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What is the project to redevelop Lutyens’ Delhi all about?

Who is drawing up the master plan and what are the concerns about this ambitious scheme?

November 03, 2019 12:02 am | Updated 12:09 am IST

The story so far: The Central government has kick-started its ambitious plan of redeveloping the three-km-long Central Vista and Parliament, and constructing a common Central secretariat for all ministries that are currently spread over many buildings across Delhi. This follows calls from Members of Parliament to have their own offices at Parliament House, which only Ministers get as of now, and it is in keeping with Prime Minister Narendra Modi’s “vision”, according to Union Minister of State (independent charge) for Housing and Urban Affairs Hardeep Singh Puri. On October 18, the Central Public Works Department (CPWD) selected a Gujarat-based architecture firm, HCP Design, Planning and Management Pvt. Ltd., to serve as its consultant for the project. Announcing the project on October 25, Mr. Puri said he expected work on the ground to start by May 2020.

Why did the government feel the need for redeveloping the area?

The British built Parliament House and the North and South Blocks, which contain the offices of the Ministries of Finance, Home, Defence and External Affairs, between 1911 and 1931. Post-1947, the government of independent India added office buildings such as Shastri Bhavan, Krishi Bhavan and Nirman Bhavan. According to Mr. Puri and Housing and Urban Affairs Ministry officials, these buildings do not have the facilities and space required today. While the British-built buildings are not earthquake-proof, the buildings that came up after 1947 are prone to fires.

Mr. Puri explained the rationale for a revamp in an interview with The Hindu recently: “Government business cannot be conducted out of palaces.” The huge rooms for Ministers and secretaries, with corridors lined with clerical staff would be replaced with modern workspaces, perhaps even open-plan or glass-partitioned offices. He said the new buildings that come up would have a lifespan of 150 to 200 years and would be energy-efficient and modern workspaces. Both Mr. Puri and the request for proposal (RFP) floated by the Central Public Works Department said the revamp would represent a “new India”.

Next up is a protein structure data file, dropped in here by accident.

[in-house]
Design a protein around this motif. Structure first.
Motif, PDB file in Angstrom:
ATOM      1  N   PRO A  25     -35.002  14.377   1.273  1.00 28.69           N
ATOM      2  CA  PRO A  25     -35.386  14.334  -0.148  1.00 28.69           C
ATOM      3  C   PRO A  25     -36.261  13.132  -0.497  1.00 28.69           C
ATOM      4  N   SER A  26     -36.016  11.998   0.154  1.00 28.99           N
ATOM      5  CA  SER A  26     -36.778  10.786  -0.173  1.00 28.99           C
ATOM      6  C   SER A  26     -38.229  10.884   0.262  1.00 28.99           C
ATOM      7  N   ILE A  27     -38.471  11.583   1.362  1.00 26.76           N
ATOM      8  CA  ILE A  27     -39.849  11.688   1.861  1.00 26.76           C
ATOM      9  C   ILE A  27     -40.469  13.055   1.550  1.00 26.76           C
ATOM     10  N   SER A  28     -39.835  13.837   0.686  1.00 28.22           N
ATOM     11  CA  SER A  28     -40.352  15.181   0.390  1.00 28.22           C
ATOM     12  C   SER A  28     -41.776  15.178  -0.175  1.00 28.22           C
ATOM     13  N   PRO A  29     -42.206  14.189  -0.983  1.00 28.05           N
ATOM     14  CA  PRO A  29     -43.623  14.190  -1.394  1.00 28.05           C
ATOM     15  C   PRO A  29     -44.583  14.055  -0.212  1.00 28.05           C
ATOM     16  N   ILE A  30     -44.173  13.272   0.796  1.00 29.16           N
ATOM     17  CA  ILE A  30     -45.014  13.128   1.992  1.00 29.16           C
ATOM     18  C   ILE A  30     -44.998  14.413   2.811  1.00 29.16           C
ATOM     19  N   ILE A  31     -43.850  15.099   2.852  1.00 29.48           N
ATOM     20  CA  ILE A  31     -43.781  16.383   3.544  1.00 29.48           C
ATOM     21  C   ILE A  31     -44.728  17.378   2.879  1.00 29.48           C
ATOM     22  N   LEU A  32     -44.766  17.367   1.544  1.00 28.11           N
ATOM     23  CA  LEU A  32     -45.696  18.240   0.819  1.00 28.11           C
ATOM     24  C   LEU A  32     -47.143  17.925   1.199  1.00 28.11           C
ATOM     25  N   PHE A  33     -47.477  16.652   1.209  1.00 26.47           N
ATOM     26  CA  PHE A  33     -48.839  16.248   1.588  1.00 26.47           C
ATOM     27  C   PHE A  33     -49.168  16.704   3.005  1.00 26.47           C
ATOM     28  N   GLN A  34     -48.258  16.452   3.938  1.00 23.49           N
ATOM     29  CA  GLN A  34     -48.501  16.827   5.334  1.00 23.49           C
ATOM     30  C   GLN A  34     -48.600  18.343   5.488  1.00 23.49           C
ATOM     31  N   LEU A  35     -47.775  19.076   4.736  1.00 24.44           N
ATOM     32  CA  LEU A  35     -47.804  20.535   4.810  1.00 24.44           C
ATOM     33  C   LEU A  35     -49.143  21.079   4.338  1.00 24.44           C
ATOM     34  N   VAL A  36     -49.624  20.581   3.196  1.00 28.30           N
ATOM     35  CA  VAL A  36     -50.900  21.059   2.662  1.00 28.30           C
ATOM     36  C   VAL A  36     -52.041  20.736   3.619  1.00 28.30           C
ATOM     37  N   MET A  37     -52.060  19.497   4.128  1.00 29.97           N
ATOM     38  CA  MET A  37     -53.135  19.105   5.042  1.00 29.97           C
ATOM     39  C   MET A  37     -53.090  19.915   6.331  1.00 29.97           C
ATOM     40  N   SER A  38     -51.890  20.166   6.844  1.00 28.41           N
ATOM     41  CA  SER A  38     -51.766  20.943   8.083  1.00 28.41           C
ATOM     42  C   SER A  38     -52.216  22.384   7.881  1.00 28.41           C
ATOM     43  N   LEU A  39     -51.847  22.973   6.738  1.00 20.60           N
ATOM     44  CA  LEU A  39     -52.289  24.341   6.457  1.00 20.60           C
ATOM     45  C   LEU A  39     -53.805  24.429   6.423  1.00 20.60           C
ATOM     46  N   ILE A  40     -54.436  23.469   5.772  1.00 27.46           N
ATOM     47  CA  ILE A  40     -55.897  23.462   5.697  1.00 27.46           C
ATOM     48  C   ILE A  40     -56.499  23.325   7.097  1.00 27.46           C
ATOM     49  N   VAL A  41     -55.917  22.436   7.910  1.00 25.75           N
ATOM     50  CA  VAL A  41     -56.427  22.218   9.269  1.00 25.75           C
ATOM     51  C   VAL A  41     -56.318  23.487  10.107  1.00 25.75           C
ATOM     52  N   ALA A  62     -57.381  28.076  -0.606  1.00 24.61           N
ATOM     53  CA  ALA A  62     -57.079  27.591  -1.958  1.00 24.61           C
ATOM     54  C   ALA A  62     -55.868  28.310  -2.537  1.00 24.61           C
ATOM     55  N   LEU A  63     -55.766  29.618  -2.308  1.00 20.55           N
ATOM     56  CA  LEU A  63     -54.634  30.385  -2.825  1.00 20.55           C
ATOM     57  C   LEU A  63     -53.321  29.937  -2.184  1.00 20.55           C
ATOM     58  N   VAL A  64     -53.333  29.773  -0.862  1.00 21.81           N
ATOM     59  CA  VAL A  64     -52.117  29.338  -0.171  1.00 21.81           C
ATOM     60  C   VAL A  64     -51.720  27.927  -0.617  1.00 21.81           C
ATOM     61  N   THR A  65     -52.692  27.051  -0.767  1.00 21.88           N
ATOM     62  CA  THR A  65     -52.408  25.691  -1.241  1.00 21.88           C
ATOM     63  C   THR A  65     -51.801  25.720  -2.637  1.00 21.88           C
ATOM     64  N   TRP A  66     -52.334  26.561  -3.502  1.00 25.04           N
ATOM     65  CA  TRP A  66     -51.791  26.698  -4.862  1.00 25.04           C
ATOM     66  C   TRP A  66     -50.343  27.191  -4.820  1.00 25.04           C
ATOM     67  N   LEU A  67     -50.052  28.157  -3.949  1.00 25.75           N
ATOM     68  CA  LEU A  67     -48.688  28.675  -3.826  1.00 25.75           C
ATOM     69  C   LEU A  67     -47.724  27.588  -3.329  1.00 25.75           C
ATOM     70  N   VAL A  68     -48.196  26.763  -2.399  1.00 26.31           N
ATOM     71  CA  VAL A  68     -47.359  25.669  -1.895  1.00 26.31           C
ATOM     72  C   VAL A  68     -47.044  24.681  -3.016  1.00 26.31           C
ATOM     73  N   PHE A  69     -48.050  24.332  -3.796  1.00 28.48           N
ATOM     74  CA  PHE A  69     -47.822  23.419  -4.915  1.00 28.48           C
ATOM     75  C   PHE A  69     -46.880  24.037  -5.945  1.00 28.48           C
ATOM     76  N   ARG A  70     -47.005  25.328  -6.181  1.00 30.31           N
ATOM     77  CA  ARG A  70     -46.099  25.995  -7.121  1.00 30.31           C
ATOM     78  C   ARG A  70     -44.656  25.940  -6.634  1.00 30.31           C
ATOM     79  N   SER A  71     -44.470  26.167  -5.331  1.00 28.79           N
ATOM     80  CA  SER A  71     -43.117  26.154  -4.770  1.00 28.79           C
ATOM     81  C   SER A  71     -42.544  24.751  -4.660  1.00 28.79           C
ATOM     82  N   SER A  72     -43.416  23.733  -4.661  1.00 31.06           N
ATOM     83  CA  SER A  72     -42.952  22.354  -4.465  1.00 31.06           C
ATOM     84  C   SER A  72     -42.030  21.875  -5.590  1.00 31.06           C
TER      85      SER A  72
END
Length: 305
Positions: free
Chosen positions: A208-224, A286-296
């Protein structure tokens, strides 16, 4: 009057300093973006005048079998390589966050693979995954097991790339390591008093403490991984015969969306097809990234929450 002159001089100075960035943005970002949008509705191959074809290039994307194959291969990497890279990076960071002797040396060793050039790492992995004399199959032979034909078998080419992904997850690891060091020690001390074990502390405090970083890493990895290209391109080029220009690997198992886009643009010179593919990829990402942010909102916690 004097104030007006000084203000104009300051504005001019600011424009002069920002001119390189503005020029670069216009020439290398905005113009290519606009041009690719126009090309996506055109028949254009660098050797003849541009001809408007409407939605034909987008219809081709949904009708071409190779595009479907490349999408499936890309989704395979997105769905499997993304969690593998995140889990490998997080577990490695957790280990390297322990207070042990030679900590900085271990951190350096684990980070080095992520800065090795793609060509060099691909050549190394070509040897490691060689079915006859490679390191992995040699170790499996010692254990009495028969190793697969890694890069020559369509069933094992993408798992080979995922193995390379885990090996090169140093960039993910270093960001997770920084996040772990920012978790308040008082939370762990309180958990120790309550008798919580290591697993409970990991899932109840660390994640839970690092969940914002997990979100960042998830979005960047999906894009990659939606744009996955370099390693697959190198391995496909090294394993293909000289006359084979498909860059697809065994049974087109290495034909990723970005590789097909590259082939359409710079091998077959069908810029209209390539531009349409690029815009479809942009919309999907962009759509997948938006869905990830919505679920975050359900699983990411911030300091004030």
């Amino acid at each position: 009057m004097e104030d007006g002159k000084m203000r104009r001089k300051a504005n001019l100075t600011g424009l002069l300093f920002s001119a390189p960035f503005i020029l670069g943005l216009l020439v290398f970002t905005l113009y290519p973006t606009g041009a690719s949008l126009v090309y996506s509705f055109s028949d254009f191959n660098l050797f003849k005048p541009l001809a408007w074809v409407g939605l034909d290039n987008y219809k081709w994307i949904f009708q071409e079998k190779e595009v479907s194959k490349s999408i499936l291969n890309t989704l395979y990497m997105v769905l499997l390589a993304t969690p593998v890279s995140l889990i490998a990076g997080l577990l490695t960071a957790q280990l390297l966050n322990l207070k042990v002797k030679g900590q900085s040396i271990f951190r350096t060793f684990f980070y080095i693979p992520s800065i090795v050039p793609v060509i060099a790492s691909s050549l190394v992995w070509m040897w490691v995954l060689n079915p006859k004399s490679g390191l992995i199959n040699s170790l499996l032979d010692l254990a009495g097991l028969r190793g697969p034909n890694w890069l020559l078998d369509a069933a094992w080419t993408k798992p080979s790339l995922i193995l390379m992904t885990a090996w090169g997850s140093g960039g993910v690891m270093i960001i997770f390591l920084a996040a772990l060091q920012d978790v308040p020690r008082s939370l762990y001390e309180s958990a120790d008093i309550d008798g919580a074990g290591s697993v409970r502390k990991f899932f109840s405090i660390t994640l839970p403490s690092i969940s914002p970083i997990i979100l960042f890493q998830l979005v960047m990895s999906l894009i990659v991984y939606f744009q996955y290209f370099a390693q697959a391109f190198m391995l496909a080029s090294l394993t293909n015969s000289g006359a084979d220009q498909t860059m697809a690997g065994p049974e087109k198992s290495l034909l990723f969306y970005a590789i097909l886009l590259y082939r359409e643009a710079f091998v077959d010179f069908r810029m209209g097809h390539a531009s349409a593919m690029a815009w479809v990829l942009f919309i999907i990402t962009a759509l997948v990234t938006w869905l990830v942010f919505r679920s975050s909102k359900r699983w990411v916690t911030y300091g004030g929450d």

What is the plan?

On September 2, the CPWD set in motion the massive project by issuing a request for proposal (RFP) from design and architecture firms to serve as a consultant for the redevelopment of Central Vista and Parliament and development of a new Central secretariat. Six firms responded to the RFP and four were finally short-listed for the opening of financial bids. While Delhi-based C.P. Kukreja Architects had a lower bid (₹218.75 crore), Ahmedabad-based HCP was selected at a cost of ₹229.75 crore. This, Ministry officials said, was in keeping with the quality-cum-cost basis model adopted for projects of this nature as the design proposal as well as the financial bids are taken into account. In its RFP, the CPWD had asked firms to come up with proposals for the buildings on the Central Vista and Parliament; these include suggesting which structures are to be razed and which are to be refurbished. Mr. Puri said while Parliament House and North and South Blocks will not be demolished, their usage may change. For example, they may be used as museums. The rest of the buildings that came up post-Independence, including Shastri Bhavan, Krishi Bhavan, etc, are likely to be demolished.